5 Ways to Handle Bad Book Reviews

What to Do If Your Book Receives a Bad Review

By Erin Entrada Kelly, Book Publicist, Smith Publicity

Writing is a solitary business. Publishing isn’t. Once your book is in the world, you have little control over how the public responds to it. At Smith Publicity, we know you want good reviews. But if you want your work to reach as many readers as possible, you’re destined to suffer the sting of a bad review. For many writers, it’s more than a blow to the ego—it’s a personal heartache. Writers have a professional, emotional, and mental vestment in their work, and when it doesn’t hit every mark, it hits like a sledgehammer. But it doesn’t have to derail your book publicity plans.

What to do?

1. Don’t respond

First of all, you shouldn’t respond to bad reviews directly to the reviewer or indirectly (by complaining on social media). Resist the urge to reply to the one-stars on GoodReads. You don’t need to explain your intention, position, or word choice. There’s no need to defend your character’s motivations or the ideals you outlined in chapter ten. Your job is to write the best book you can. Readers take from it what they will.

You’ll only look like a sore loser—and that won’t endear you to current or potential readers.

You’ve got to have thick skin. Let the positive book reviews speak for you. If you start responding to every bad review, things can get out of control quickly.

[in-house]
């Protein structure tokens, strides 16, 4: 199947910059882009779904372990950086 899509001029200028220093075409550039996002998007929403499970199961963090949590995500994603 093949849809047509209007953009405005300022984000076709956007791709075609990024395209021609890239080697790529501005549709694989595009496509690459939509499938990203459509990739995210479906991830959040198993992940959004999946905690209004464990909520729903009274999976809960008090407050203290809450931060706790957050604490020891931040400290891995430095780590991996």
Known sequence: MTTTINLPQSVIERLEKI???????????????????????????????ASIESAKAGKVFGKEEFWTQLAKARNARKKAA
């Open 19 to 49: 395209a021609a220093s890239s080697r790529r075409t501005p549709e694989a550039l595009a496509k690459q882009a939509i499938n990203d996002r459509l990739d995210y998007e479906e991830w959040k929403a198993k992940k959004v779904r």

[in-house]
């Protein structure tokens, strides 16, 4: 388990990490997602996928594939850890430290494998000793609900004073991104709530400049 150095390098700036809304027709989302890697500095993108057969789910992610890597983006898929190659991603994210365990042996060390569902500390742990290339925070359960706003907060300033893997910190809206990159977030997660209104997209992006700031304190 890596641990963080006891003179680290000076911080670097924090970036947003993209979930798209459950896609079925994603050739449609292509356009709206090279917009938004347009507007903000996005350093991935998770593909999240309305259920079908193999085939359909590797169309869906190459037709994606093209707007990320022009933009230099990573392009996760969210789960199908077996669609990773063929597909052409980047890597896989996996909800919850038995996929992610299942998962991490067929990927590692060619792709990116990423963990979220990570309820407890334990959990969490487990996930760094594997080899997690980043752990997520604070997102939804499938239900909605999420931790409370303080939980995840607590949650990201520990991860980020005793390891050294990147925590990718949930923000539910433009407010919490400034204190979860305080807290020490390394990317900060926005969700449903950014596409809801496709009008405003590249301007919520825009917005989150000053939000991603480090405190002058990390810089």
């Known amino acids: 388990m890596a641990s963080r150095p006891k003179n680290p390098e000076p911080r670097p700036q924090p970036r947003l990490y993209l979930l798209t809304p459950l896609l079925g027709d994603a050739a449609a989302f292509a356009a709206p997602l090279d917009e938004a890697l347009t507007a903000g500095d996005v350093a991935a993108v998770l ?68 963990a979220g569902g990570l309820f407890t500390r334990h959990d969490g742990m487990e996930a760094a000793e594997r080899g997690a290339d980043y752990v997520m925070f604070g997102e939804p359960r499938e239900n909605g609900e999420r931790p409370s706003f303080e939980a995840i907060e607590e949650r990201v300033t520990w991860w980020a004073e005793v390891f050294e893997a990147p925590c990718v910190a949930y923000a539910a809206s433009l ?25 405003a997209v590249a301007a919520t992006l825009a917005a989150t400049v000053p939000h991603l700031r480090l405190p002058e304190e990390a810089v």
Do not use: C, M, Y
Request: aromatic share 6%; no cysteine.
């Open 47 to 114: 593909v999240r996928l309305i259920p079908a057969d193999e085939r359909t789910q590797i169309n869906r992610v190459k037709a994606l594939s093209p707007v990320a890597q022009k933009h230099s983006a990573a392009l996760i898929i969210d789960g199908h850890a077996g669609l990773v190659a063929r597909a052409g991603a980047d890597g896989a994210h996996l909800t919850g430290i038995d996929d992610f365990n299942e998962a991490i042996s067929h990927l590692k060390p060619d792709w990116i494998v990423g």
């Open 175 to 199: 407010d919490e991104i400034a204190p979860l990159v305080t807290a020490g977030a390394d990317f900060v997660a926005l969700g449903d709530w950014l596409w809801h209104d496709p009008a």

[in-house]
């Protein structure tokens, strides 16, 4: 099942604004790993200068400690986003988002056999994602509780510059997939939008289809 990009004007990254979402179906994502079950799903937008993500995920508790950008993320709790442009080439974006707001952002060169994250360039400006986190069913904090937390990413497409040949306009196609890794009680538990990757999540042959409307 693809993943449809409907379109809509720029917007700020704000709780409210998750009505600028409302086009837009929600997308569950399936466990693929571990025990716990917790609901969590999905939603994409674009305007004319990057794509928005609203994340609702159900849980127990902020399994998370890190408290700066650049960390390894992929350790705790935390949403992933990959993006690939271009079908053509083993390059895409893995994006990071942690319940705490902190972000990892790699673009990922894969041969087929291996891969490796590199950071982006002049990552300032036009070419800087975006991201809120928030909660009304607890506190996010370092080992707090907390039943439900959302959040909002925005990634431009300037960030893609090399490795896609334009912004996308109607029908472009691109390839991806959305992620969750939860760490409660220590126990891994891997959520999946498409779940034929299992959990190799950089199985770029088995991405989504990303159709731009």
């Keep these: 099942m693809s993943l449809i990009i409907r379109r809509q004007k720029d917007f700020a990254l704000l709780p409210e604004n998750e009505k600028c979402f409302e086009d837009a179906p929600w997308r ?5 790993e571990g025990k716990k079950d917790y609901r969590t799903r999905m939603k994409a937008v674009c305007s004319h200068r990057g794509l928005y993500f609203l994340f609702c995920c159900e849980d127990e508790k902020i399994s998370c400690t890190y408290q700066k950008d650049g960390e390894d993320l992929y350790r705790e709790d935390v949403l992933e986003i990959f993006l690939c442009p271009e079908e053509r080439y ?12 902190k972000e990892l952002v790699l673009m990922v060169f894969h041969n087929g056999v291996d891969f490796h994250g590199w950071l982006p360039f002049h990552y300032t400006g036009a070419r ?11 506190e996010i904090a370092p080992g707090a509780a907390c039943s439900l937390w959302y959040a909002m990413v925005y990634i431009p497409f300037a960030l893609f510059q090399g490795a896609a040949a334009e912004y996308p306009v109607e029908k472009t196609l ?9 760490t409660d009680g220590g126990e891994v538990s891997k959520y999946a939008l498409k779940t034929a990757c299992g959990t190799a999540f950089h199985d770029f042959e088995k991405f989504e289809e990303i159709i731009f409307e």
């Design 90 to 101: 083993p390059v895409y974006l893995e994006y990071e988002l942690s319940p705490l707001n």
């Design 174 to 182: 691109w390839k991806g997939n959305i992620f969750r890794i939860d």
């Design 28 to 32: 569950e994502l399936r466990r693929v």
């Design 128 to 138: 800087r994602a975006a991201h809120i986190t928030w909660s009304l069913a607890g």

2. Keep it in perspective

Presumably, you want people to read your book—right? If you’re getting reviews, it means people are reading you, for better or worse. Remember: no well-read author is immune to bad reviews. The Great Gatsby is considered one of the greatest American novels, and it got bad reviews. Same for The Catcher in the Rye and heavy-hitting memoirs like Eat Pray Love.

3. Learn from it

As a writer, you’ll get swarmed with mountains of feedback. Some of it will be viable. Some won’t. Once the initial sting goes away, consider what the book reviewer is saying. Can you learn something from it? If not, so be it. But once you’re able to approach a less-than-stellar review with objectivity, you may find something constructive that will help with your next project.

4. Bask in positivity

It’s easy for us to focus on the bad reviews and shirk off the good ones. We tend to languish far longer in negative feedback than we do basking in the positive. For every negative review you receive, re-read the positive and shift your focus on those.

5. You can’t please everyone

Once your book is out there, it can be easy to forget why you wrote it in the first place.

Remember why you write.

When you looked at those final manuscript pages, what were you thinking? You probably weren’t thinking: This is certain to get five-star reviews from everyone! It’s also important to remember that you can’t please every reader—nor should you.


Erin Entrada Kelly is a book publicist for Smith Publicity and an author with HarperCollins. Find her online at www.erinentradakelly.com.